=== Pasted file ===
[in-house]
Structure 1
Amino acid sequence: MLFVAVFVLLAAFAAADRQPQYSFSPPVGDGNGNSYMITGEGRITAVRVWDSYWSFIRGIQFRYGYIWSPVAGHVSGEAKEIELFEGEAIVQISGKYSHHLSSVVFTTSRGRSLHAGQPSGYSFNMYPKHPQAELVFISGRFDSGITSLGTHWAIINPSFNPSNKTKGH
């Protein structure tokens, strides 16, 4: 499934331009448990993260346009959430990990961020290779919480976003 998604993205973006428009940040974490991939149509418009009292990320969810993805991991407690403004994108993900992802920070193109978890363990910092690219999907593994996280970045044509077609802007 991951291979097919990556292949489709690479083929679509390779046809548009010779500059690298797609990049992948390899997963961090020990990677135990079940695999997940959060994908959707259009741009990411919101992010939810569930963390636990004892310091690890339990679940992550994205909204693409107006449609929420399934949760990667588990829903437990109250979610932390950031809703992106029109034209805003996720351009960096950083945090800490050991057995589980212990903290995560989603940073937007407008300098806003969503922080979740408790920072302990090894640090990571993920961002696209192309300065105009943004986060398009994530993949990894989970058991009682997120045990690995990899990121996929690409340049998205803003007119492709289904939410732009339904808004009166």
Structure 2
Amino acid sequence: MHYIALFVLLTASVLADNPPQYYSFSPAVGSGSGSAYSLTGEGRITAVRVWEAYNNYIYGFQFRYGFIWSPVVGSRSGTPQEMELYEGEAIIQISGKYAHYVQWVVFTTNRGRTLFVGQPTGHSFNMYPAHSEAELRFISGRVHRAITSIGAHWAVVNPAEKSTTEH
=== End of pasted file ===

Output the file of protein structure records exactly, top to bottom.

[in-house]
Structure 1
Amino acid sequence: MLFVAVFVLLAAFAAADRQPQYSFSPPVGDGNGNSYMITGEGRITAVRVWDSYWSFIRGIQFRYGYIWSPVAGHVSGEAKEIELFEGEAIVQISGKYSHHLSSVVFTTSRGRSLHAGQPSGYSFNMYPKHPQAELVFISGRFDSGITSLGTHWAIINPSFNPSNKTKGH
């Protein structure tokens, strides 16, 4: 499934331009448990993260346009959430990990961020290779919480976003 998604993205973006428009940040974490991939149509418009009292990320969810993805991991407690403004994108993900992802920070193109978890363990910092690219999907593994996280970045044509077609802007 991951291979097919990556292949489709690479083929679509390779046809548009010779500059690298797609990049992948390899997963961090020990990677135990079940695999997940959060994908959707259009741009990411919101992010939810569930963390636990004892310091690890339990679940992550994205909204693409107006449609929420399934949760990667588990829903437990109250979610932390950031809703992106029109034209805003996720351009960096950083945090800490050991057995589980212990903290995560989603940073937007407008300098806003969503922080979740408790920072302990090894640090990571993920961002696209192309300065105009943004986060398009994530993949990894989970058991009682997120045990690995990899990121996929690409340049998205803003007119492709289904939410732009339904808004009166």
Structure 2
Amino acid sequence: MHYIALFVLLTASVLADNPPQYYSFSPAVGSGSGSAYSLTGEGRITAVRVWEAYNNYIYGFQFRYGFIWSPVVGSRSGTPQEMELYEGEAIIQISGKYAHYVQWVVFTTNRGRTLFVGQPTGHSFNMYPAHSEAELRFISGRVHRAITSIGAHWAVVNPAEKSTTEH